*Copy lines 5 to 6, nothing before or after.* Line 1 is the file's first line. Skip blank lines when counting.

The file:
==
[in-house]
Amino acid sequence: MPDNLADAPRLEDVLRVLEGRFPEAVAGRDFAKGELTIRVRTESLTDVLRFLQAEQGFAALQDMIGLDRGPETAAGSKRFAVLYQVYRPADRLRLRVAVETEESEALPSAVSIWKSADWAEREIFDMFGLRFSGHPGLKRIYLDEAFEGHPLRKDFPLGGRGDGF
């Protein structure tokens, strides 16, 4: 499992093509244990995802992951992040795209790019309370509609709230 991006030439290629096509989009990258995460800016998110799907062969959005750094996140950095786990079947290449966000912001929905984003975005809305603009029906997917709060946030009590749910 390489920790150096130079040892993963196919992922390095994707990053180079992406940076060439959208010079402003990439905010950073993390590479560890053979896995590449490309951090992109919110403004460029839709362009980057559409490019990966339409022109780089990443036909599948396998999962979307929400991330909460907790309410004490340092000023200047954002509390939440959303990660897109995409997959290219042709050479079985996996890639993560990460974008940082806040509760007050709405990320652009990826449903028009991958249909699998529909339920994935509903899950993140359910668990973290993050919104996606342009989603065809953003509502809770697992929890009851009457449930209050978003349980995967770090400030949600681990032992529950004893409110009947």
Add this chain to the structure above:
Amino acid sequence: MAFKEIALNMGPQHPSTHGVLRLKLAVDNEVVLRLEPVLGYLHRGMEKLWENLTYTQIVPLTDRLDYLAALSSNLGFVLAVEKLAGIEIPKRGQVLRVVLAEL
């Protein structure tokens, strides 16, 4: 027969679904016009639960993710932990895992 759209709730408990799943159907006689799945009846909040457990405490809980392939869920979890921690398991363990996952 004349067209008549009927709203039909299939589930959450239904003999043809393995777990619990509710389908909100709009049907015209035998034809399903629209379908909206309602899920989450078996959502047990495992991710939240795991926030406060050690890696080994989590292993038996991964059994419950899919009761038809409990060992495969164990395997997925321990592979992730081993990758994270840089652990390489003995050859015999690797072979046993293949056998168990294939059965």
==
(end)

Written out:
Amino acid sequence: MAFKEIALNMGPQHPSTHGVLRLKLAVDNEVVLRLEPVLGYLHRGMEKLWENLTYTQIVPLTDRLDYLAALSSNLGFVLAVEKLAGIEIPKRGQVLRVVLAEL
């Protein structure tokens, strides 16, 4: 027969679904016009639960993710932990895992 759209709730408990799943159907006689799945009846909040457990405490809980392939869920979890921690398991363990996952 004349067209008549009927709203039909299939589930959450239904003999043809393995777990619990509710389908909100709009049907015209035998034809399903629209379908909206309602899920989450078996959502047990495992991710939240795991926030406060050690890696080994989590292993038996991964059994419950899919009761038809409990060992495969164990395997997925321990592979992730081993990758994270840089652990390489003995050859015999690797072979046993293949056998168990294939059965």